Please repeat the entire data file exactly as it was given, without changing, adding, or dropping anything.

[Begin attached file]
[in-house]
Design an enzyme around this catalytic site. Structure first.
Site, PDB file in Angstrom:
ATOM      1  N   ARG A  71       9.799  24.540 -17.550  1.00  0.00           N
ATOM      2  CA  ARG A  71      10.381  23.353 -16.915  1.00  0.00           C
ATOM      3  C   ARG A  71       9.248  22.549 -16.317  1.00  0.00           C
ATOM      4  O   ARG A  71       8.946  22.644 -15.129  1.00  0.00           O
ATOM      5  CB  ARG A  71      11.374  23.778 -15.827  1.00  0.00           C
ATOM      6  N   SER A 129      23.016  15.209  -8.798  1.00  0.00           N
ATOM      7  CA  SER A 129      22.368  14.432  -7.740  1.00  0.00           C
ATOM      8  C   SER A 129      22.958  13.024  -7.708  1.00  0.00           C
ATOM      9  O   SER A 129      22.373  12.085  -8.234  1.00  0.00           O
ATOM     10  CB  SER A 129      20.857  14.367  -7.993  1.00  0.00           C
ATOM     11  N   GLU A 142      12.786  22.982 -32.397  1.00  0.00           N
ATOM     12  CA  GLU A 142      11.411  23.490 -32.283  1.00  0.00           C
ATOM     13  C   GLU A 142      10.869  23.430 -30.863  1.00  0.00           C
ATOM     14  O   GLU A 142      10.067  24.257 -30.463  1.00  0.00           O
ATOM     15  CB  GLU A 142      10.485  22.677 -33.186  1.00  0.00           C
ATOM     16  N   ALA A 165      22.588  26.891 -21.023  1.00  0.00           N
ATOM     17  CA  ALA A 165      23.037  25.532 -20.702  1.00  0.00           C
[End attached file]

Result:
[in-house]
Design an enzyme around this catalytic site. Structure first.
Site, PDB file in Angstrom:
ATOM      1  N   ARG A  71       9.799  24.540 -17.550  1.00  0.00           N
ATOM      2  CA  ARG A  71      10.381  23.353 -16.915  1.00  0.00           C
ATOM      3  C   ARG A  71       9.248  22.549 -16.317  1.00  0.00           C
ATOM      4  O   ARG A  71       8.946  22.644 -15.129  1.00  0.00           O
ATOM      5  CB  ARG A  71      11.374  23.778 -15.827  1.00  0.00           C
ATOM      6  N   SER A 129      23.016  15.209  -8.798  1.00  0.00           N
ATOM      7  CA  SER A 129      22.368  14.432  -7.740  1.00  0.00           C
ATOM      8  C   SER A 129      22.958  13.024  -7.708  1.00  0.00           C
ATOM      9  O   SER A 129      22.373  12.085  -8.234  1.00  0.00           O
ATOM     10  CB  SER A 129      20.857  14.367  -7.993  1.00  0.00           C
ATOM     11  N   GLU A 142      12.786  22.982 -32.397  1.00  0.00           N
ATOM     12  CA  GLU A 142      11.411  23.490 -32.283  1.00  0.00           C
ATOM     13  C   GLU A 142      10.869  23.430 -30.863  1.00  0.00           C
ATOM     14  O   GLU A 142      10.067  24.257 -30.463  1.00  0.00           O
ATOM     15  CB  GLU A 142      10.485  22.677 -33.186  1.00  0.00           C
ATOM     16  N   ALA A 165      22.588  26.891 -21.023  1.00  0.00           N
ATOM     17  CA  ALA A 165      23.037  25.532 -20.702  1.00  0.00           C